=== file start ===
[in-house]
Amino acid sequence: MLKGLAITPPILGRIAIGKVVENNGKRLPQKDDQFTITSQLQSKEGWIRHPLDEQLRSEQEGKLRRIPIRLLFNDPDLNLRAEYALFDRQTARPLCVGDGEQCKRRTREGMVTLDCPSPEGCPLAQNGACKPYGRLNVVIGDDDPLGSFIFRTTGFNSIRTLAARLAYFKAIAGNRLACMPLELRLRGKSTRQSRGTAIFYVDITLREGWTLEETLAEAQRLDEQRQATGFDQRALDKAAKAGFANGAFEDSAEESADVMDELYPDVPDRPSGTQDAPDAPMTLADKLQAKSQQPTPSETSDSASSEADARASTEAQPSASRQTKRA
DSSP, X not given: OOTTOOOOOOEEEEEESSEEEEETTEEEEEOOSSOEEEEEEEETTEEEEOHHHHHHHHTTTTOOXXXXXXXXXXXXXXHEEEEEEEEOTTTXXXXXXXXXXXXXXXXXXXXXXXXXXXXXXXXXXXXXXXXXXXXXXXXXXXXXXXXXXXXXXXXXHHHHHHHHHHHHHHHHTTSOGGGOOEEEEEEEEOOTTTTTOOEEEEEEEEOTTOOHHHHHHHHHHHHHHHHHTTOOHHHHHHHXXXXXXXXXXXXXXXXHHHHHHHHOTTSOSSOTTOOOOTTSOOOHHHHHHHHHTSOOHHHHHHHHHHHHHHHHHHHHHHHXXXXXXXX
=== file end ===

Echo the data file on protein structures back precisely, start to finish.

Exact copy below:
[in-house]
Amino acid sequence: MLKGLAITPPILGRIAIGKVVENNGKRLPQKDDQFTITSQLQSKEGWIRHPLDEQLRSEQEGKLRRIPIRLLFNDPDLNLRAEYALFDRQTARPLCVGDGEQCKRRTREGMVTLDCPSPEGCPLAQNGACKPYGRLNVVIGDDDPLGSFIFRTTGFNSIRTLAARLAYFKAIAGNRLACMPLELRLRGKSTRQSRGTAIFYVDITLREGWTLEETLAEAQRLDEQRQATGFDQRALDKAAKAGFANGAFEDSAEESADVMDELYPDVPDRPSGTQDAPDAPMTLADKLQAKSQQPTPSETSDSASSEADARASTEAQPSASRQTKRA
DSSP, X not given: OOTTOOOOOOEEEEEESSEEEEETTEEEEEOOSSOEEEEEEEETTEEEEOHHHHHHHHTTTTOOXXXXXXXXXXXXXXHEEEEEEEEOTTTXXXXXXXXXXXXXXXXXXXXXXXXXXXXXXXXXXXXXXXXXXXXXXXXXXXXXXXXXXXXXXXXXHHHHHHHHHHHHHHHHTTSOGGGOOEEEEEEEEOOTTTTTOOEEEEEEEEOTTOOHHHHHHHHHHHHHHHHHTTOOHHHHHHHXXXXXXXXXXXXXXXXHHHHHHHHOTTSOSSOTTOOOOTTSOOOHHHHHHHHHTSOOHHHHHHHHHHHHHHHHHHHHHHHXXXXXXXX